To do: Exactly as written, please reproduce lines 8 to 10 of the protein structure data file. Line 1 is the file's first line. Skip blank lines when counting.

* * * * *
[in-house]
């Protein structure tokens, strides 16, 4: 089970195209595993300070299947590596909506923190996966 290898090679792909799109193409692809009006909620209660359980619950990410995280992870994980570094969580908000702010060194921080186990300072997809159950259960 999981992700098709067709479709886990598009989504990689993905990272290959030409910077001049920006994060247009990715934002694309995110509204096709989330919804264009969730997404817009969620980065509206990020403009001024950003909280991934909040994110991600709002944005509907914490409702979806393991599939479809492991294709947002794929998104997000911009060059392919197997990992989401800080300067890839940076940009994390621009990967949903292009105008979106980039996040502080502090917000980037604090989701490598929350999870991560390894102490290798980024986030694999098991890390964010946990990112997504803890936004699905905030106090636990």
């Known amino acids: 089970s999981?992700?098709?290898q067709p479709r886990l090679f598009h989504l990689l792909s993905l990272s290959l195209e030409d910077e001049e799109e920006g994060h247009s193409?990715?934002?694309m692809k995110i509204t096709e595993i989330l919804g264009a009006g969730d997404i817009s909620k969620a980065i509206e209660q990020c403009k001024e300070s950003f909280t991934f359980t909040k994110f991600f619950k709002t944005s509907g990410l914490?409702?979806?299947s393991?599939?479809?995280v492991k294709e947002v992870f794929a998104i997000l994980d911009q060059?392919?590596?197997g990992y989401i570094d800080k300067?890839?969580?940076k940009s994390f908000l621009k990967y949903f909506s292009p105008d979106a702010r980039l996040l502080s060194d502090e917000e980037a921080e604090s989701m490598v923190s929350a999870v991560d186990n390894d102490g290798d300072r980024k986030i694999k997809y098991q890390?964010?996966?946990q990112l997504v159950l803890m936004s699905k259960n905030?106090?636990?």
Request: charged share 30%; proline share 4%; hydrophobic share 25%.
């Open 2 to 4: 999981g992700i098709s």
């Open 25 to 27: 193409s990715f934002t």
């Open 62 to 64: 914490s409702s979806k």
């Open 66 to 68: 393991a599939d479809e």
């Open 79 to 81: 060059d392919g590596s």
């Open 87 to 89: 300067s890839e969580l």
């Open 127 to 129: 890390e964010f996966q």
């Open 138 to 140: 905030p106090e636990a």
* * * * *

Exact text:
């Open 66 to 68: 393991a599939d479809e």
């Open 79 to 81: 060059d392919g590596s």
């Open 87 to 89: 300067s890839e969580l």